29 July 2017

More Blenheim Disquiet

In recent days there has been a bit of flak from Sounds Air about Jetstar's pricing tactics and how this is eroding their Nelson flights. Now Blenheim people are saying they want the same fares Jetstar and Air NZ are offering out of Nelson. The point forgotten is no one makes a profit on the super cheap fares. They are part of a wider strategy to get people flying and fill empty seats. In the end the airline has to make a profit to survive. When an air fare war is going on airlines will take a hit to keep market share. However, there is a unrealistic presumption that Air NZ, in particular, has to offer loss making fares all the time, everywhere over its domestic network. This is simply unrealistic. So what do you make out of this piece?

Marlborough residents feeling short-changed by the cost of air fares have vented their frustration at Air New Zealand. The national carrier was accused of charging exorbitant prices, with many at a fiery public meeting sharing stories of the 90-minute drive to Nelson in search of cheaper fares. But a representative for the airline said the pricing structure in Blenheim was no different to other parts of the country, and fares were cheaper than they had been. Air New Zealand phased out the use of its 19-seat Beechcraft 1900D aircraft last year, months before pulling direct flights between Blenheim and Christchurch. Air NZ head of government and industry affairs Duncan Small said phasing out the smaller aircraft meant residents should be seeing lower prices. "I can say that you are experiencing significantly lower fares now than you were when we were running into Marlborough with the 19-seater aircraft," he said. The remark drew a murmur of objection from the more than 70-strong crowd on Tuesday. "It's almost like we've offended Air New Zealand somehow and they're making us pay," one man said. Blenheim woman Helen Smale said she felt the airline was paying lip service to the regions, but had not stepped in to reinstate direct flights to Christchurch after the earthquake. "Our region was affected quite badly in the earthquake. New Zealanders all pull together when things get tough, and you're certainly not doing that for us," she said. Her husband Tony Smale claimed flights between Blenheim and Auckland were roughly two-and-a-half times more expensive than flying from Nelson, which was also serviced by Jetstar. "It looks to us like we are subsidising the competitive nature of that route, because the differences are astonishing," he said. "Auckland is really important for us and we are just getting bowled over by it. It's just ridiculous that we can take time and expense to drive to Nelson and it's still cheaper." Smale came to the meeting armed with print-offs comparing the price of a return flight to Auckland from Nelson and Marlborough airports, leaving August 9 and returning August 11. The cheapest fare leaving Marlborough was $139; coming back was $159. The cheapest fare leaving Nelson was $59; the same price as the returning flight. However, Small refuted the claim prices were two-and-a-half times more expensive, saying the amount of lower price fares was down to capacity, and there was more capacity between Nelson and Auckland. "Your fares are not differently structured or out of whack, and your loadings are not out of whack with anywhere else in the country," he said. He was also emphatic that Air New Zealand would not be reinstating direct flights to Christchurch, saying they did not want to create uncertainty for other operators by jumping in and out. Attendees also spoke of the impact of air fares. One man claimed an exporting business was considering relocating to Christchurch because of the cost of flights in and out of Marlborough. Another said high air fares meant tourists were more likely to bypass Marlborough. "I hear what the room is telling me," Small said towards the end of the meeting. "You haven't offended us, and I can promise you that we're not going anywhere out of this market. We fly more seats into Marlborough now than ever before."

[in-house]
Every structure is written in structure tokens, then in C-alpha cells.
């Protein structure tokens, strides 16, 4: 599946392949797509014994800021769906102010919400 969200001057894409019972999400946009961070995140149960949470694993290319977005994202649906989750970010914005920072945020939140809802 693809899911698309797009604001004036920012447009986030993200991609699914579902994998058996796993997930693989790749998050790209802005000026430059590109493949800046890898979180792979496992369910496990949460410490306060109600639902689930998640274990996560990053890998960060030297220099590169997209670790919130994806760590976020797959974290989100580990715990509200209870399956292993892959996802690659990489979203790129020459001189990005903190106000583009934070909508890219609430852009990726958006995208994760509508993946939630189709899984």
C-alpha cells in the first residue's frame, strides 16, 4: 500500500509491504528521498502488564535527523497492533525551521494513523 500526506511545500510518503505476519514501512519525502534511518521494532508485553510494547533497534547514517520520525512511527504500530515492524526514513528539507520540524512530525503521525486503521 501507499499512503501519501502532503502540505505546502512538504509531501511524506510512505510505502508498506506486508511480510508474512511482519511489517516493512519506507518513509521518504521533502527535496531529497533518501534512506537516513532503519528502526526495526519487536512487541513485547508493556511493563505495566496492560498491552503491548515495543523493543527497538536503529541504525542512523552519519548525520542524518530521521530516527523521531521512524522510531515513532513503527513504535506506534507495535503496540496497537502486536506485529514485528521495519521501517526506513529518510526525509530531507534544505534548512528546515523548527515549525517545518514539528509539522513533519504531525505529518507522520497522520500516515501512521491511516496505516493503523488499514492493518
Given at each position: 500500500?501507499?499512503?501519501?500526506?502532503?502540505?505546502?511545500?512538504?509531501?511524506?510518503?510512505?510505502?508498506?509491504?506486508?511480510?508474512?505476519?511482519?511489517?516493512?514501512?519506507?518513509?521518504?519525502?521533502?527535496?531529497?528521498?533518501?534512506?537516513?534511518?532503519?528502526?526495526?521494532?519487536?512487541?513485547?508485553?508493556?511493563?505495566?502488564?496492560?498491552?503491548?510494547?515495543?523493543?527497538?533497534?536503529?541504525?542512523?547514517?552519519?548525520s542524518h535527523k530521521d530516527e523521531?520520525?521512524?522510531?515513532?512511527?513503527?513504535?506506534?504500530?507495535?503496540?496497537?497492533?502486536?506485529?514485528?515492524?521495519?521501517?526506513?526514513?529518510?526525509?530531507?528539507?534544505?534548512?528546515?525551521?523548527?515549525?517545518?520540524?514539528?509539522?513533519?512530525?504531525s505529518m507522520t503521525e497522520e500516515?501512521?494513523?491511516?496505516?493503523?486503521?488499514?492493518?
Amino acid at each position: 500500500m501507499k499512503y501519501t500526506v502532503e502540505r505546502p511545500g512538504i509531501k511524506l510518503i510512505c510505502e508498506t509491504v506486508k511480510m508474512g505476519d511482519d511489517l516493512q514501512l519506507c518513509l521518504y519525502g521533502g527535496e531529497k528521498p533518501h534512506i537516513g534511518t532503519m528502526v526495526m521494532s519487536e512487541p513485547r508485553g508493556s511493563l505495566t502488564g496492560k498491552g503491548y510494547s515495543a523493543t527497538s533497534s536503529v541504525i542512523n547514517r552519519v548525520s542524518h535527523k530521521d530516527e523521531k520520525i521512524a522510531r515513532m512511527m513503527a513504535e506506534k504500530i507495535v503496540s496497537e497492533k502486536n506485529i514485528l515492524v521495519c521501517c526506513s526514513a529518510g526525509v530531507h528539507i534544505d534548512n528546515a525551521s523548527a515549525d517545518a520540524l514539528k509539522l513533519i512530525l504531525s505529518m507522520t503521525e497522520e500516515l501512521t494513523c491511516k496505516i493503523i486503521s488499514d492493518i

28 July 2017

More Reliable Service, More Passengers